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Indiana State Prison

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Title: Indiana State Prison  
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Subject: Plainfield Correctional Facility, New Castle Correctional Facility, Capital punishment in the United States, John Dillinger, September 26
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Indiana State Prison

Illustration of Indiana State Prison, 1871

The Indiana State Prison is a maximum security Indiana Department of Corrections prison for adult males; however, minimum security housing also exists on the confines.[1] It is located in Michigan City, Indiana, about 50 miles (80 km) east of Chicago.[2] The average daily inmate population in November 2006 was 2,200,[3] 2,165 in 2011.[4] The Indiana State Prison was established in 1860.[1] It was the second state prison in Indiana.[5] One of the most famous prisoners to be in the Michigan City prison was bank robber John Dillinger, who was released on parole in 1933.[6]

The prison appeared in the ITV documentary Inside Death Row with Trevor McDonald.


The history of the Indiana State Prison dates back to 1859 when the state legislature granted $50,000 for a new state prison.[3] It was named "State Prison West"; as opposed to "State Prison East" which was the first state prison located in Jeffersonville, Indiana (and later moved to nearby Clarksville).[7] The prison space at Jeffersonville became too scarce, calling for a new prison to be built in Michigan City.[8] Later, State Prison South became the Indiana Reformatory and State Prison North became known as Indiana State Prison.[3]

In 1860, 100 acres (0.40 km2) in Michigan City were purchased for $4,500. The first warden, Charles Seely, was the superintendent in charge of construction and was the general handyman.[3] The first building was the Temporary Prison Building which was 200 feet (61 m) long and made of red brick. A year after Michigan City Prison opened, prison labor outside of the institution started; inmates were employed at a cooperage firm making barrels, receiving 38 cents a day.[3] The first prison school was started in 1861 where prisoners would learn from the chaplain five days a week. Later the prison started charging 25 cents per visitor to boost prison revenue.[3]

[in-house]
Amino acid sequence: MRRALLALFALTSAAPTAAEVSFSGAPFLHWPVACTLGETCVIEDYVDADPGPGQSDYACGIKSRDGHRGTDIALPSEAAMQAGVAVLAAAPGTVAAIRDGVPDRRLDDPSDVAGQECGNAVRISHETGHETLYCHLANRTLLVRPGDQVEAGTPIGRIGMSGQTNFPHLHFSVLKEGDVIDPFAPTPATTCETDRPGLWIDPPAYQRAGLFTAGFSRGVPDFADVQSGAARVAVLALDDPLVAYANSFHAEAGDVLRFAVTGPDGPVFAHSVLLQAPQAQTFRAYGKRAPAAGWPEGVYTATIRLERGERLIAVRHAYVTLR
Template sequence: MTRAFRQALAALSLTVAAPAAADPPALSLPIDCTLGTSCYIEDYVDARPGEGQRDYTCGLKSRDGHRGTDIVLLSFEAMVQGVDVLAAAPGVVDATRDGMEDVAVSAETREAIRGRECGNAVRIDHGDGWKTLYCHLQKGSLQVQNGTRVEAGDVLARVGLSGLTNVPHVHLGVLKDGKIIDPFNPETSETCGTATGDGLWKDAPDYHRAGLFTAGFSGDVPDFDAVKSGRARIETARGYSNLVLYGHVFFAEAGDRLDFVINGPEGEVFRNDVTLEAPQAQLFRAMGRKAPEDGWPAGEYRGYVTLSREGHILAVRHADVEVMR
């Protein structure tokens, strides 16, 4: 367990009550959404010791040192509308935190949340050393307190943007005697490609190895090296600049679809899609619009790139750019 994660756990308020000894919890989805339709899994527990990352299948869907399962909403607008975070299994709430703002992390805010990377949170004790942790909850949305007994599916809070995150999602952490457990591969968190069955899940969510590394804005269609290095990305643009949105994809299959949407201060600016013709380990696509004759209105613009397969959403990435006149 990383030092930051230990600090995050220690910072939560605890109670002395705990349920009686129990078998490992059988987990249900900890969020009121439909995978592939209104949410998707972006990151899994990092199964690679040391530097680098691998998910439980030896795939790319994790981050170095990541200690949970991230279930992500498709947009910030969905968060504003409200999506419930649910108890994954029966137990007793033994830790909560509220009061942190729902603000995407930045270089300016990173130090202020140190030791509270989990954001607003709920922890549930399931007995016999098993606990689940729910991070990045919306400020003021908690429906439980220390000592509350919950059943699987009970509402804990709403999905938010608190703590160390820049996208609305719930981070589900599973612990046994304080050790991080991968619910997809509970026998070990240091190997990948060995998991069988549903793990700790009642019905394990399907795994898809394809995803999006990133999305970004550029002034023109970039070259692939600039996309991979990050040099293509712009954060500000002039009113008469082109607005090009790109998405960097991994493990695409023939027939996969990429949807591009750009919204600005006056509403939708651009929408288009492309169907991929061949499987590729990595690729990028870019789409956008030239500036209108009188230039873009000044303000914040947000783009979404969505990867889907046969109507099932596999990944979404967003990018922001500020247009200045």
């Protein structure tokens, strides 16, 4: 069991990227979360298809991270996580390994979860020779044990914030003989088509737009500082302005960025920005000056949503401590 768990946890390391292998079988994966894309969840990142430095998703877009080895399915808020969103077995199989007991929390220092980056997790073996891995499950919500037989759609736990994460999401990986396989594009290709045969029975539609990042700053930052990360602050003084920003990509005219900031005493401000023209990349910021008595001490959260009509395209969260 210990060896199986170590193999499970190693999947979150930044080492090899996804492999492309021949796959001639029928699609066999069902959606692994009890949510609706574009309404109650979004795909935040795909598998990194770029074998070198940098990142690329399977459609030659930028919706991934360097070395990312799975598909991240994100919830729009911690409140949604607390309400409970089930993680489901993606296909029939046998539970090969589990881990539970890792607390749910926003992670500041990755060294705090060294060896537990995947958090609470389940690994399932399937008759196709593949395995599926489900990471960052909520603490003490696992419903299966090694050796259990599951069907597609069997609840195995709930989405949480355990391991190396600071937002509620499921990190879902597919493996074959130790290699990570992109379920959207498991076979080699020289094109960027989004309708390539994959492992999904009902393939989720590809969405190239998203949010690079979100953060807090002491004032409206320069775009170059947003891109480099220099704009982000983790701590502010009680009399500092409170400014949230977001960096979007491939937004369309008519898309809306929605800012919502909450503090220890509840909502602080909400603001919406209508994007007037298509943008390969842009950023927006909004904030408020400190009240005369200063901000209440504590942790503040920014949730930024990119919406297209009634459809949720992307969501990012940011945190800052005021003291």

At the turn of the century, the prison was increased to twice its size. By 1930 prisoners were placed in two cell houses that contained 230 and 340 cells respectively, and three dormitories, which were considered among the best in the country.[9] During that same time period, 900 acres (3.6 km2) of farmland were in use by the prison on land leased by the state.[9] A hospital was built in 1943 that was almost 1,000 square feet (93 m2). In the late 1950s, arguably one of the finest state recreational facilities was opened at the prison.[3]

From 1960 to 1990, only minor renovations were implemented at the State Prison. In 1992, a new type of food door with locking capability for each cell was designed.[3] A year later, the first hot meal was served in the dining room, and in that same year, the inmates received three meals a day for the first time.[3] Soon thereafter, a new riot system was put into effect in Dormitories E and F.[3]

Michigan City is known for having housed two famous inmates during its tenure. John Dillinger spent time in Michigan City from 1929 until he was paroled in 1933. A few months after Dillinger made parole, on September 26, ten inmates, including Harry Pierpont, Charles Makley, Russell Clark, and Ed Shouse, escaped thanks to the help of three pistols Dillinger had smuggled into the prison.[3]

The other especially famous inmate was D.C. Stephenson. In 1922 Stephenson became one of the most powerful Grand Dragons of the Ku Klux Klan. In 1925 he raped a woman named Madge Oberholtzer. She died a month later from either poison or bite marks from being raped. That same year he was convicted of second degree murder and was sent to the Indiana State Prison for 31 years.[10]

Michigan City had a cemetery for prisoners when the prison first opened in 1860; however, that cemetery no longer exists. The new prison cemetery in Michigan City has around 350 prisoners buried on the premises.[11] Sam Thomas was the first offender buried in the new cemetery on June 10, 1927.[11]

Before 1913 all executions in Indiana were done by hanging. On February 20, 1914, the first electrocution occurred. From 1913 to 1994 executions were performed via electric chair. Lethal Injection has been used in Indiana from 1995 up to the present.[12] Currently all state executions must be carried out in the Indiana State Prison.


  1. ^ a b Indiana State Prison
  2. ^ MapQuest: Maps, Directions, Gas Prices & Business Directory
  3. ^ a b c d e f g h i j k "Indiana State Prison History." Available on request from Indiana State Prison, Michigan City, Indiana.
  4. ^ Indiana State Prison
  5. ^ IHB: 404
  6. ^ John Dillinger's grave
  7. ^ Bongen, Paula. "Indiana State Prison Timeline." Indianapolis, Indiana Historical Society.
  8. ^ Wilson, Helen. The Treatment of the misdemeanant in Indiana, 1816-1936. Chicago: The University of Chicago Press, 1938.
  9. ^ a b Garrett, Paul W., and Austin H. MacCormick. Handbook of American Prisons. New York: National Society of Penal Information, 1929.
  10. ^ Indiana History, Chapter Seven
  11. ^ a b Indiana State Prison Cemetery
  12. ^ Death Row

Further reading

  • An Illustrated History and Description of State Prison Life by One who Has Been There. O.A. Browning & Company. 1871. Retrieved 2014-04-20. 

External links

  • Profile of Indiana State Prison at Indiana's official website

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